Company and personal insolvencies at new low

A report by the Government’s Insolvency Service shows that the number of companies in England and Wales becoming insolvent has fallen to its lowest level in more than seven years.

Just 3,908 firms were declared insolvent over the last three months, which is the smallest number since the end of 2007.

Personal insolvency in England and Wales has also fallen. 18,866 individuals became insolvent between April and June – the lowest total since 2005 and a drop of 29.3% on the same period last year.

A growing economy and real-terms increases in wages have been cited as reasons for the fall in insolvency.

Phillip Sykes of insolvency trade body R3 said: ‘It has taken a long time, but with wages outstripping inflation again, people are finding it easier to repay their debts without resorting to insolvency procedures.’

However, despite the drop in company insolvencies, Bank of England figures this month show a noticeable decline in lending to businesses. Total borrowing by UK non-financial companies fell by £5.5bn in June, which represents the biggest drop for four years. This compares with an average monthly increase of £0.2bn over the previous six months.

‘Two-thirds of business leaders’ support regional devolution plans

A new survey from the Institute of Directors (IoD) suggests that the majority of its members support the Government’s plans for regional devolution.

The study, which involved over 1,000 business leaders, revealed that 65% are in favour of plans to give combined authorities additional powers in relation to housing and planning, transport, and education and skills.

However, concerns were expressed that local authorities could use additional tax-raising powers to increase taxes or increase the complexity of compliance for businesses.

Chancellor George Osborne announced plans to give more powers to cities and regions of England in the Second Budget on 8 July.

Commenting on the study, James Sproule, IoD Director of Policy, said, ‘Businesses see huge potential in devolving power from Westminster to England’s great cities and regions’.

‘The ultimate goal is to create vibrant local and regional economies, each competing to deliver efficient transport systems and workers with the right skills. However, if local authorities seek to avoid political responsibility for devolved issues or to boost their coffers by hiking taxes and creating obstacles to business, the great opportunities of devolution will be lost’.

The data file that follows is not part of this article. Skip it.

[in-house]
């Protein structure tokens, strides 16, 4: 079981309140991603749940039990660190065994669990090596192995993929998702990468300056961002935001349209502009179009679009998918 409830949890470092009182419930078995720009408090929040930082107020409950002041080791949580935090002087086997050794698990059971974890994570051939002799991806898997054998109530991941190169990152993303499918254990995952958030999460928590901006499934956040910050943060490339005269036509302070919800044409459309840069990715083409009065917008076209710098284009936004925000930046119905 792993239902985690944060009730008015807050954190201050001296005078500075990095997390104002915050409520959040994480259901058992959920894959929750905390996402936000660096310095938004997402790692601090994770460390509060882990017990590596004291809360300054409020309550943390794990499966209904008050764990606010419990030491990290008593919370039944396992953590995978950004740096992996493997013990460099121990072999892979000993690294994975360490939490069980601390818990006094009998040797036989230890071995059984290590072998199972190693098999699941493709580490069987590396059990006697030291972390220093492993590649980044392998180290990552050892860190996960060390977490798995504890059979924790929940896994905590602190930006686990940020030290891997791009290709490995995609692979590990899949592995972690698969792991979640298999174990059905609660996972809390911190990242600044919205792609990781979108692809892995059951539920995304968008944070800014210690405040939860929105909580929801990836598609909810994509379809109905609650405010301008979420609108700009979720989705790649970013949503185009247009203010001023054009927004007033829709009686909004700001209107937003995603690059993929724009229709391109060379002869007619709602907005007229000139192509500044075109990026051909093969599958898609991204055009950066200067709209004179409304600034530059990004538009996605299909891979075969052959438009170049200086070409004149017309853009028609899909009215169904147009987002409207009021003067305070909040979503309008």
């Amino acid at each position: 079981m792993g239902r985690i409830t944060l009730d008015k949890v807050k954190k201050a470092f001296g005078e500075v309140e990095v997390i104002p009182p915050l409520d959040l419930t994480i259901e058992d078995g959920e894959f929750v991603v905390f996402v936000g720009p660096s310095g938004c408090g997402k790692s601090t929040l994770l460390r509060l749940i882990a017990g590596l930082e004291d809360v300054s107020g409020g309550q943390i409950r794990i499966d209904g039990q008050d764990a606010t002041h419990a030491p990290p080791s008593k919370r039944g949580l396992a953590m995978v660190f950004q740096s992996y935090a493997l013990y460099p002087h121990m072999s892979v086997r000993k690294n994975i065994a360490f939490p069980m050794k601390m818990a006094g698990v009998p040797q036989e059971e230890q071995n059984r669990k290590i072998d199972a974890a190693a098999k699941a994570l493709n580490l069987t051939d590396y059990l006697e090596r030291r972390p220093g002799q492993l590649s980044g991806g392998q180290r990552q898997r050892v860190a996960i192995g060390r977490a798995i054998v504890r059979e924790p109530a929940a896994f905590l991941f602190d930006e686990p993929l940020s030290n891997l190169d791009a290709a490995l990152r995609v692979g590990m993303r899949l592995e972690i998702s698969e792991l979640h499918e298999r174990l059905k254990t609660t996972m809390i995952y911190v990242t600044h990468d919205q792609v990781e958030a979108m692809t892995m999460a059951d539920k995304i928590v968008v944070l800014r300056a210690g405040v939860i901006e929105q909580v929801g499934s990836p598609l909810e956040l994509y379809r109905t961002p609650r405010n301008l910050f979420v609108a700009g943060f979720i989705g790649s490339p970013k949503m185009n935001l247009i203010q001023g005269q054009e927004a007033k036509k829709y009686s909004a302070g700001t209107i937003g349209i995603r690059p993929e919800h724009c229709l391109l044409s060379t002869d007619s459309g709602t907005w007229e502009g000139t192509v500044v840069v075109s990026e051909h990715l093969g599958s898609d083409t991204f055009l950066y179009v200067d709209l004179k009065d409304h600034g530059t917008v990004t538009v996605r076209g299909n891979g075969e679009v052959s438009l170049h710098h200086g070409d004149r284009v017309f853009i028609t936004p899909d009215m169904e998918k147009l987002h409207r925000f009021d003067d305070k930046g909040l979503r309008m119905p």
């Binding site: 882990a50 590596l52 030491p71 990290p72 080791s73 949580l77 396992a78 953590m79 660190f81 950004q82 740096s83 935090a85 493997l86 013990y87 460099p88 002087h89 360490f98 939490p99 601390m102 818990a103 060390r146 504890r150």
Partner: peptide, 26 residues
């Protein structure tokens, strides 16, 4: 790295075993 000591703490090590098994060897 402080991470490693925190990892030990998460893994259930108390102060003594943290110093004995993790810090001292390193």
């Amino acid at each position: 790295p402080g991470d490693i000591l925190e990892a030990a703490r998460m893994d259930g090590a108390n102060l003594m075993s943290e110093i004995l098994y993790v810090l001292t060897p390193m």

Local authorities have until 4 September to submit a case for devolution as part of the Chancellor’s spending review.

Pension liberation fraud ‘triples’ – but new freedoms might not be to blame

It has been reported that in the month following the introduction of new pension freedoms, liberation fraud more than tripled. However, despite appearances, the rise may not be directly caused by the new rules that came into effect in April.

Figures from Action Fraud – a division of the City of London police – show that members of the public reported losses of £4.7m in May – compared to losses of £1.4m in April, and £932,000 in March.

In a typical scam, fraudsters contact people with pension pots and persuade them they can release the money for a fee, but without clarifying the tax implications, such as that following the pension reforms, those over 55 are liable for income tax on 75% of their savings. Anyone whose income exceeds £150,000 in one year – including money withdrawn from their pension pot – could have to pay up to 45% in tax.

Action Fraud figures show that, on average, victims lost £60,500, which includes the amount the victims owe in tax plus the fee they have paid to the fraudsters.

However, the actual number of reported cases of pension liberation fraud has fallen. There were 78 cases of reported fraud in both May and April, down from 82 in March, and 240 in February.

A spokesperson for Action fraud said it was ‘difficult to draw any conclusions’ about the effect of the pension reforms on fraud. Most victims do not realise until some time afterwards that a fraud has been committed, so cases reported now often occurred months or even years in the past.

The pensions minister, Baroness Ros Altmann, said she was ‘not convinced’ that the pensions freedoms have led to a rise in fraud, telling the BBC: ‘People are a lot more aware of it, and are starting to report it. It can take a long time for people to realise they’ve lost their money.’

Speak to us about how the pension reforms affect you and your tax position.

UK economic growth at 0.7%

New official estimates from the Office for National Statistics (ONS) show that the UK economy grew at a rate of 0.7% in the three months to June 2015.

This was a marked improvement on the 0.4% growth shown in the previous quarter, and the 10th consecutive quarter of sustained economic improvement.